an African origin for H. sapiens as well. Ironically then (with respect to previous
expectations), it may well turn out that every human species evolved first in Africa and only
then--for the two latest species of Homo--spread elsewhere.

I have, so far, only presented the negative evidence for my thesis that human equality is a
contingent fact of history. I have argued that the old bases for inequality have evaporated. I
must now summarize the positive arguments (primarily three in number) and, equally
important, explain how easily history might have happened in other ways.
The positive argument from racial definition. In one of the first columns of this series
(March 1974), I presented the biological argument against naming races within any species,
and within H. sapiens in particular. The argument is technical and taxonomic; it has nothing
to do with human particularities or ethical impositions. Its précis follows:
We recognize only one formal category for divisions within species--the subspecies. Races,
if formally defined, are therefore subspecies. Subspecies are populations inhabiting a
definite geographic subsection of a species' range and sufficiently distinct in any set of traits
for taxonomists to recognize them. Subspecies differ from all other levels of the taxonomic
hierarchy in two crucial ways. First, they are categories of convenience only and need never
be designated. Each organism must belong to a species, a genus, a family, and to all higher
levels of the hierarchy; but a species need not be formally divided. Subspecies represent a
taxonomist's personal decision about the best way to report geographic variation. Second,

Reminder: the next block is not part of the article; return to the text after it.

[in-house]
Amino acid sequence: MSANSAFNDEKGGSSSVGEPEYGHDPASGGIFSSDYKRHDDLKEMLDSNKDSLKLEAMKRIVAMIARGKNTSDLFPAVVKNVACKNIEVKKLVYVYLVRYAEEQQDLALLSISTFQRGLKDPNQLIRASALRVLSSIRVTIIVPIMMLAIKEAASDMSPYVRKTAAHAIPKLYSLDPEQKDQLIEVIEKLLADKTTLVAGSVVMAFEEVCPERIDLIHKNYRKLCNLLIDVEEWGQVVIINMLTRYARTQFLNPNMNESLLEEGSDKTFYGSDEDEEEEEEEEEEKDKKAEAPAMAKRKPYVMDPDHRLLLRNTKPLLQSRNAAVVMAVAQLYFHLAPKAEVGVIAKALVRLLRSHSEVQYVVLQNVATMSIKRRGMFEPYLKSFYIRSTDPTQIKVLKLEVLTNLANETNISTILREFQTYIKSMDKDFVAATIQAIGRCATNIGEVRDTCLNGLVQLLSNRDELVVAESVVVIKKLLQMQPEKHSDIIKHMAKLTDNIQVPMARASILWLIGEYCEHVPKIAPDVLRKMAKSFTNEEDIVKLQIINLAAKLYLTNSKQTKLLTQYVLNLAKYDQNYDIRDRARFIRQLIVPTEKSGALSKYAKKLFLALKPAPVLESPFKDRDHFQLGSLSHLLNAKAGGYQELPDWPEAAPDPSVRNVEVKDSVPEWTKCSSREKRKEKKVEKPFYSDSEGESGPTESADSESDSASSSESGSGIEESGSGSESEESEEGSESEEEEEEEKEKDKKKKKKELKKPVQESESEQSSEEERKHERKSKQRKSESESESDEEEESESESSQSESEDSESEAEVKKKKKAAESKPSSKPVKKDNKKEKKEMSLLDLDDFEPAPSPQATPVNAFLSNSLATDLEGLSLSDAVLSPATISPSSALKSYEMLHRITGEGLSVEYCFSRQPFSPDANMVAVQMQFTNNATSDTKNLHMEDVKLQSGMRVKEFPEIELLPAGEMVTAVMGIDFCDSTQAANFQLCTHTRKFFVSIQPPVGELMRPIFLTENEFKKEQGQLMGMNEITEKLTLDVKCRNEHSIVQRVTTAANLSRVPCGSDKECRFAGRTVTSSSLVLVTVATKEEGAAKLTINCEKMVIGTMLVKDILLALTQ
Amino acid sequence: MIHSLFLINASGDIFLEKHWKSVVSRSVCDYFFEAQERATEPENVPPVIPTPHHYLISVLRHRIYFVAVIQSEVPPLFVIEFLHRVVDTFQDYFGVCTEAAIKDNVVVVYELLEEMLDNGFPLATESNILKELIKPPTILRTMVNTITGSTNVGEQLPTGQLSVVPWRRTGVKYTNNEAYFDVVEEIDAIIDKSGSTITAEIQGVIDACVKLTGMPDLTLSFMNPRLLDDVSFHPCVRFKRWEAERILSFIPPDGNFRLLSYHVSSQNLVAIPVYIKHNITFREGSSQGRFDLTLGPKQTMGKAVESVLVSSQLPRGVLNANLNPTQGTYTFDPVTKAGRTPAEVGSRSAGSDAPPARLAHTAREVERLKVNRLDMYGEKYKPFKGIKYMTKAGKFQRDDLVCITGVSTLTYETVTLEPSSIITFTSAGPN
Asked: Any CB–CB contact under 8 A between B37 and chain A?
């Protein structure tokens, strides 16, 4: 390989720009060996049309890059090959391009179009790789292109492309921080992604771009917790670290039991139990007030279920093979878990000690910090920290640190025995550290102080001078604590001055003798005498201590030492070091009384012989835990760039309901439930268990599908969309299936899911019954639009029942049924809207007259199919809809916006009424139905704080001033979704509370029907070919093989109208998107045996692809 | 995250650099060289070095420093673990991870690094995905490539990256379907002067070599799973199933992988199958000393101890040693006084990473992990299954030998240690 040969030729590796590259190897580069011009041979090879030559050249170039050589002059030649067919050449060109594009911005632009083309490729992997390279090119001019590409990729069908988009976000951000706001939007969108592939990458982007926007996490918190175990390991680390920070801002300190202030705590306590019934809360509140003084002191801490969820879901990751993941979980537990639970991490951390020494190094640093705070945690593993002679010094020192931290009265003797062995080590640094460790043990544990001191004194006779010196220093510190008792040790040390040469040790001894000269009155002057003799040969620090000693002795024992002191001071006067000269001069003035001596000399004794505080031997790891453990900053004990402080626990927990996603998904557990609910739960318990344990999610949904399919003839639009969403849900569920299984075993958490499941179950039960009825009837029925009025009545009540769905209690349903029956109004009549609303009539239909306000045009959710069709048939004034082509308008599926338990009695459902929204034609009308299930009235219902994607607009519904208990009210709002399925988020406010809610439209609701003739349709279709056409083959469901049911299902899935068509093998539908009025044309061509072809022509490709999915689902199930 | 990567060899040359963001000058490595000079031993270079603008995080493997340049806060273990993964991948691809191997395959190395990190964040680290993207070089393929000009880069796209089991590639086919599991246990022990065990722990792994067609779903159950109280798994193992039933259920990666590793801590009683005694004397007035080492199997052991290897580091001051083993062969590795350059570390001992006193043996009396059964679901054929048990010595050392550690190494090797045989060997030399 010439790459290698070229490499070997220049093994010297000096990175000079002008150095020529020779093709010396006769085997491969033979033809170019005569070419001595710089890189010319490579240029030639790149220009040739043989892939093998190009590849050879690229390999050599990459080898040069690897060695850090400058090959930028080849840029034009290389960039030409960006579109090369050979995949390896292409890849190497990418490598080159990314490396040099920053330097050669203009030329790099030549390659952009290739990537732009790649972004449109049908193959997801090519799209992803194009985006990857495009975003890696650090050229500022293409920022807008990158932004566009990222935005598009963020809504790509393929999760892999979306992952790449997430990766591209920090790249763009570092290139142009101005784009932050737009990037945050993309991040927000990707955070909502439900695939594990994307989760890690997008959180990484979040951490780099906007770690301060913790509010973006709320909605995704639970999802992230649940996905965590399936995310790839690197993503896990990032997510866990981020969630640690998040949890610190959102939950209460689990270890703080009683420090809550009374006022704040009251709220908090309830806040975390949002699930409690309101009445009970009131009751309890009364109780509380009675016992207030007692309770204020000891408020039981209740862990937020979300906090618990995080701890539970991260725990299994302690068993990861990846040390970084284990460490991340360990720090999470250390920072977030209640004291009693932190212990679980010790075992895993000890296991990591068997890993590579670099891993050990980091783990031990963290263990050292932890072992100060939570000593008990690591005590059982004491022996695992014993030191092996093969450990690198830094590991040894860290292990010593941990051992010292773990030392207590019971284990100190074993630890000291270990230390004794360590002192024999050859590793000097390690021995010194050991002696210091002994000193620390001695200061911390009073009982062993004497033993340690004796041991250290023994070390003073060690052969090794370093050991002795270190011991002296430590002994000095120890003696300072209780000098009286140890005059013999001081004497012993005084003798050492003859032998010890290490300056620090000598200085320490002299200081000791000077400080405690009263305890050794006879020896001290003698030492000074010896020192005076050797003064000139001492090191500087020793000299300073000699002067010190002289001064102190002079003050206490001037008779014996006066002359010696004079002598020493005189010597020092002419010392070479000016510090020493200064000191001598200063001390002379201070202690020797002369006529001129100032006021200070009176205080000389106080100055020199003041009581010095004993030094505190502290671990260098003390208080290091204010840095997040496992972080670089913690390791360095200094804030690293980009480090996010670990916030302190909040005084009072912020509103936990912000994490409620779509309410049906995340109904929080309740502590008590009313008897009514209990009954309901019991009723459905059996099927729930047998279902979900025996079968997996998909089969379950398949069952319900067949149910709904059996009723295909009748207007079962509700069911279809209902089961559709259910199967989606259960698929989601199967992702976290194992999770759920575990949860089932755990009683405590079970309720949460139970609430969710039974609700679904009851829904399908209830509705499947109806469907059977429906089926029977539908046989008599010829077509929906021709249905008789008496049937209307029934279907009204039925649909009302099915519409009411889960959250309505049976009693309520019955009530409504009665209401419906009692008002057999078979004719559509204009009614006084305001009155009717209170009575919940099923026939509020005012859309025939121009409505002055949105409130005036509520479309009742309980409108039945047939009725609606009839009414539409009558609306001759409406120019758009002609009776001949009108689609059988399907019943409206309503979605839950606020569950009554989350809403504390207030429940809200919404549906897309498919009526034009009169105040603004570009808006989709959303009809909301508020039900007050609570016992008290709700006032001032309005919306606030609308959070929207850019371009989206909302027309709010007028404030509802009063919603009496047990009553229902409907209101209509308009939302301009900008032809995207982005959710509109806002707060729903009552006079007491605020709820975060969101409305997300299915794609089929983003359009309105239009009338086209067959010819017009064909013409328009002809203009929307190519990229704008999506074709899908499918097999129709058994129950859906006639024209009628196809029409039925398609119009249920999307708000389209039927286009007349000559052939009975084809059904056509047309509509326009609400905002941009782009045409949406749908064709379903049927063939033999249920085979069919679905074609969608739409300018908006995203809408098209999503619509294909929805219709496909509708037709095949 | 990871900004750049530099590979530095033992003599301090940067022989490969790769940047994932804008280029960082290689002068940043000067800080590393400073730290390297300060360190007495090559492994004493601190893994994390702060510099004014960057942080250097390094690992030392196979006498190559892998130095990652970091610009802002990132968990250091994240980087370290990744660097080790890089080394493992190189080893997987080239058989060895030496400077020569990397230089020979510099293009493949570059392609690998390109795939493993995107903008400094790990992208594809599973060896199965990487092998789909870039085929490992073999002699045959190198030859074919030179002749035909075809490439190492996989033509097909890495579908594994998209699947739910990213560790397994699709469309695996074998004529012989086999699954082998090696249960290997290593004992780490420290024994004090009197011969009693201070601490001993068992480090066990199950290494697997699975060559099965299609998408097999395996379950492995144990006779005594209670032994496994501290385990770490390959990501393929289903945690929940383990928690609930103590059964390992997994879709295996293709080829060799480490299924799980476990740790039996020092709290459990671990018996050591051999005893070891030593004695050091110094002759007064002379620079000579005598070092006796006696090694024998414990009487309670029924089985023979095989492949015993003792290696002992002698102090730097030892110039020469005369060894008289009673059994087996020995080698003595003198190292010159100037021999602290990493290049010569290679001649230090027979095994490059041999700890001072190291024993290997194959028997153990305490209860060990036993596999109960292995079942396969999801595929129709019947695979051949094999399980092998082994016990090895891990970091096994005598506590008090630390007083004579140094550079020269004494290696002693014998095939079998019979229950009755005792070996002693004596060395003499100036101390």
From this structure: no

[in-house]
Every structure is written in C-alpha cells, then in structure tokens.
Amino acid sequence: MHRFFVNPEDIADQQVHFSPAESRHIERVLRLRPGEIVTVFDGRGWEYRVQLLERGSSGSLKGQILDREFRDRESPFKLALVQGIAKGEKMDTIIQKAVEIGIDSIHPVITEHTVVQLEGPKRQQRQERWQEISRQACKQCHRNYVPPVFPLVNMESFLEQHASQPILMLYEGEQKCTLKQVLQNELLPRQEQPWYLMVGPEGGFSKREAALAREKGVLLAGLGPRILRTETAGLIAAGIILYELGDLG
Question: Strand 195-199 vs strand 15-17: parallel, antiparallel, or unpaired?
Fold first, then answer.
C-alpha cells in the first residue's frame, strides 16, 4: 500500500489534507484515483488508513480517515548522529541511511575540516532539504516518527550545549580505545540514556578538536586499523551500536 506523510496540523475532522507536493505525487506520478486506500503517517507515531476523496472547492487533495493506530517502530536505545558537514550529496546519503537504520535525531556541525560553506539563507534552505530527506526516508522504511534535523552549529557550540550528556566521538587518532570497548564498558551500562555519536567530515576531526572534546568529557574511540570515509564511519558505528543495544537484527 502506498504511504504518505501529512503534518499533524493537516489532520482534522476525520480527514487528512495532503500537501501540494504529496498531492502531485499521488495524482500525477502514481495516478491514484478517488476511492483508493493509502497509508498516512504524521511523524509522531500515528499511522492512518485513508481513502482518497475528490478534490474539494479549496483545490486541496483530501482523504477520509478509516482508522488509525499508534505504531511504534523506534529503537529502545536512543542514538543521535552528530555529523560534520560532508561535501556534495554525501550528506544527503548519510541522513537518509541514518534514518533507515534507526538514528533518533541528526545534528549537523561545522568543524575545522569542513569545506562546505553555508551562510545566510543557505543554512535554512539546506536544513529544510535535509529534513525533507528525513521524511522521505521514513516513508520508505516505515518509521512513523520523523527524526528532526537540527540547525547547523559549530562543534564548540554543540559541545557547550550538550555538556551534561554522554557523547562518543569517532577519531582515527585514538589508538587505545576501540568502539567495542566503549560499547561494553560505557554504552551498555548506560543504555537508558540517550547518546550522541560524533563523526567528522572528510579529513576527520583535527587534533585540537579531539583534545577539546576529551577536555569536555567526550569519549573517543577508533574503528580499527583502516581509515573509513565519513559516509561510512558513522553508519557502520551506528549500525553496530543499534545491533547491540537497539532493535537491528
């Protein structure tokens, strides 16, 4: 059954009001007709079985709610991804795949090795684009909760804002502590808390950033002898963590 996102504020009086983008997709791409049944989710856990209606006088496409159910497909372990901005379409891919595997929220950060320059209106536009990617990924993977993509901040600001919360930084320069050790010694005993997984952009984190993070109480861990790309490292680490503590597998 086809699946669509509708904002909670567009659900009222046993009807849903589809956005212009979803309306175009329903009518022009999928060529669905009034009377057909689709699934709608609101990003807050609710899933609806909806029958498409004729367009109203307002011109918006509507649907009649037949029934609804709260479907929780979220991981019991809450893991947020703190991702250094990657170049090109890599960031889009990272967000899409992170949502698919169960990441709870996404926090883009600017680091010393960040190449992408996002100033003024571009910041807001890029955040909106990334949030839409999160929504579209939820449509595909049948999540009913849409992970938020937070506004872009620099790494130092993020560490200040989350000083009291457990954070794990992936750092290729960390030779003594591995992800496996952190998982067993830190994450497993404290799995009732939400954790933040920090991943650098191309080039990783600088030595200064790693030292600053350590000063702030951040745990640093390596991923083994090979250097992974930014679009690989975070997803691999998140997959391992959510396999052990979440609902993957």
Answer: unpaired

the subspecies of any species cannot be distinct and discrete. Since all belong to a single
species, their members can, by definition, interbreed. Modern quantitative methods have
permitted taxonomists to describe geographic variation more precisely in numerical terms;
we need no longer construct names to describe differences that are, by definition, fleeting
and changeable. Therefore, the practice of naming subspecies has largely fallen into
disfavor, and few taxonomists use the category any more. Human variation exists; the
formal designation of races is passé.
Some species are divided into tolerably distinct geographic races. Consider, for example, an
immobile species separated on drifting continental blocks. Since these subpopulations never
meet, they may evolve substantial differences. We might choose to name subspecies for such
discrete geographic variants. But humans move about and have the most notorious habits of
extensive interbreeding. We are not well enough divided into distinct geographic groups,
and the naming of human subspecies makes little sense.
Our variation is subject to all the difficulties and discordances that make taxon omists
shudder (or delight in complexity) and avoid the naming of subspecies. Consider just three
points. First, discordance of characters. We might make a reasonable division on skin color,
only to discover that blood groups imply different alliances. When so many good characters
have such discordant patterns of variation, no valid criterion can be found for unambiguous